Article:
Woman Dies after Rollover Crash On I-37
On February 17, an accident briefly closed part of I-37, as an SUV hit the wall, rolling over several times before coming to a stop. Two women were inside, and one escaped major injury, but the other was killed at the scene. The crash took some time to clean up, as the car had shed metal and debris all over the road. Unfortunately, such a pattern is all too common in rollover accidents, and it is one of the reasons they consistently are the most deadly type of car crash.
Rollovers Cause the Most Fatalities
If one examines statistics from the Insurance Institute for Highway Safety (IIHS), one can see that rollover accidents alone accounted for 31 percent of all car crash deaths. This is markedly higher than other types of accidents by themselves, though it is perhaps understandable. An accident is classified as a rollover if the roof of the vehicle hits the ground at least once, and when that happens, those inside the vehicle will often sustain severe injury, especially if they are not wearing a seatbelt.
Examining statistics also illustrates a disturbing trend - that accidents without any point of impact are responsible for the second-most fatalities, after front-impact rollovers. An accident without any point of impact can include single-vehicle accidents - just like the crash on I-37, where no second car had any visible impact on the path the women’s SUV took. This indicates that in many instances, injuries and fatalities may claim lives even before the car stops (either of its own accord or by striking a barrier).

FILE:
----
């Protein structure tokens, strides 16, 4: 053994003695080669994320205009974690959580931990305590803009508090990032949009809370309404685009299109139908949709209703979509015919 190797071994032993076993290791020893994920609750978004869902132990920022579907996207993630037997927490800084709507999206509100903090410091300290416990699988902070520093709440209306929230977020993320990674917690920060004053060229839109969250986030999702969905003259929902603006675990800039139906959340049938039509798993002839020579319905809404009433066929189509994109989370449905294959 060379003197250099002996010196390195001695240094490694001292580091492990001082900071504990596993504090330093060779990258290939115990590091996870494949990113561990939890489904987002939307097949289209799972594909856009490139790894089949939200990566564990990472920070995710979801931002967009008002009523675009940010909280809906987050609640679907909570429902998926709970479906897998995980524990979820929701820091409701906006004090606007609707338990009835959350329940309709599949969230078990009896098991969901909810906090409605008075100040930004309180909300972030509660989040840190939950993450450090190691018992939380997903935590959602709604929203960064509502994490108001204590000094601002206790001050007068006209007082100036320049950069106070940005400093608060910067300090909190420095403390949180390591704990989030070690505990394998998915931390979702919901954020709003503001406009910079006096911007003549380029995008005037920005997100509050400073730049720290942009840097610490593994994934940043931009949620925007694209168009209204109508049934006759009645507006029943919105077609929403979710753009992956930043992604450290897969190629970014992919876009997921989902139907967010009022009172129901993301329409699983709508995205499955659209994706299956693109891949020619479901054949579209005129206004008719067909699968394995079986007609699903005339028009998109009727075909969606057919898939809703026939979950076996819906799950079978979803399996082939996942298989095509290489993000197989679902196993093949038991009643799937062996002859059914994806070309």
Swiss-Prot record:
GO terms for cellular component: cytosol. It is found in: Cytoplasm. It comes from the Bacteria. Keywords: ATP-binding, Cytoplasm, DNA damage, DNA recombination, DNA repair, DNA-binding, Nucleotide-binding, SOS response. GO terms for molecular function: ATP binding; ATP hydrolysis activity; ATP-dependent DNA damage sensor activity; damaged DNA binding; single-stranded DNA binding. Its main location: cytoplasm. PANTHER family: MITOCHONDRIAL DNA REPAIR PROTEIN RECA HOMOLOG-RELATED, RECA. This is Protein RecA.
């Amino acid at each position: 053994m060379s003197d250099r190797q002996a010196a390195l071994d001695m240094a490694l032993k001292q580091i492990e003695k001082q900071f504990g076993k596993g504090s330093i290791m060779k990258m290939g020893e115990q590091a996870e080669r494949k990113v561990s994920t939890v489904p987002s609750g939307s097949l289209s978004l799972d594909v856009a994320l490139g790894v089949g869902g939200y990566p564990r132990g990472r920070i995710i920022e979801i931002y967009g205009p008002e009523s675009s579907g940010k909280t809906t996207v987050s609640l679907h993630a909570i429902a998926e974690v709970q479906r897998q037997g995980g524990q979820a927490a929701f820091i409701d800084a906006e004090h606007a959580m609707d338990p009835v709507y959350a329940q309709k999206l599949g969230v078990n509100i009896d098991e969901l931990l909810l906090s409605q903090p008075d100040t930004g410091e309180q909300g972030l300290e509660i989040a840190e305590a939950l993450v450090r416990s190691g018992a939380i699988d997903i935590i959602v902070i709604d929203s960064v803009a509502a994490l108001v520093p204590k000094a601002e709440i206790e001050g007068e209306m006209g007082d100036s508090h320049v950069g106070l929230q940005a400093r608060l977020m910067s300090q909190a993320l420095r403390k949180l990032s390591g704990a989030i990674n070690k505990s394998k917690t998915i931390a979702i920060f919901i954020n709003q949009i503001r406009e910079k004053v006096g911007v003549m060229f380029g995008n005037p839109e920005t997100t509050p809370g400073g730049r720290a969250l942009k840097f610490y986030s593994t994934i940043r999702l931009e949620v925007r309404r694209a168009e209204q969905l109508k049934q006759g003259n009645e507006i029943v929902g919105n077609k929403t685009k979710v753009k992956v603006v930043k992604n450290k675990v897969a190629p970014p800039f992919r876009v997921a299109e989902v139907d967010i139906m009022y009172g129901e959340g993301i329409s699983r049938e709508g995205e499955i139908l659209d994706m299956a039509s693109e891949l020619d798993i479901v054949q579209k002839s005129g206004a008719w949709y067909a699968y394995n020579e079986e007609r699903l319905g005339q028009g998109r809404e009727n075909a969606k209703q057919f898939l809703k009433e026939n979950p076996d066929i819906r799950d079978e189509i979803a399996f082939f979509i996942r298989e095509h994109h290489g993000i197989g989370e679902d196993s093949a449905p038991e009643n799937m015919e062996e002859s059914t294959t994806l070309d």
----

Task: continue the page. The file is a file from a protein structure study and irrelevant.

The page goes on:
Look for Other Actors
While it can be easy to assume that single-vehicle accidents such as this one are always the fault of the driver, this is simply not always true. There are multiple reasons why such accidents happen that can be laid at the door of another person - for example, a second car may swerve or do something that requires evasive action from your car, without ever actually hitting you. Another reason for single-vehicle accidents happening is a sudden pothole or other road hazard that had been previously invisible or unmarked.
Whatever the reason, it is important to note that if you do decide to bring suit against someone for causing your single-vehicle accident, you must be confident that you were not responsible for more than 50 percent of your injuries. Texas has a law dealing with what is called comparative fault, which states that if you are held responsible for more than 50 percent of your injuries by a jury, you may not recover. In other words, a case with little substantial evidence of negligence is not generally a good bet to take before a judge or jury.
Contact Our Accident Attorneys Today
While the family of the unfortunate SUV driver may not have relief, there may be relief for you if you have been involved in a single-vehicle accident that was caused by the negligence of another. If you have questions, it can be of great help to contact an attorney, and the passionate New Braunfels auto accident lawyers at the Bettersworth Law Firm are happy to try and assist you with your case. Call us today to set up an initial appointment.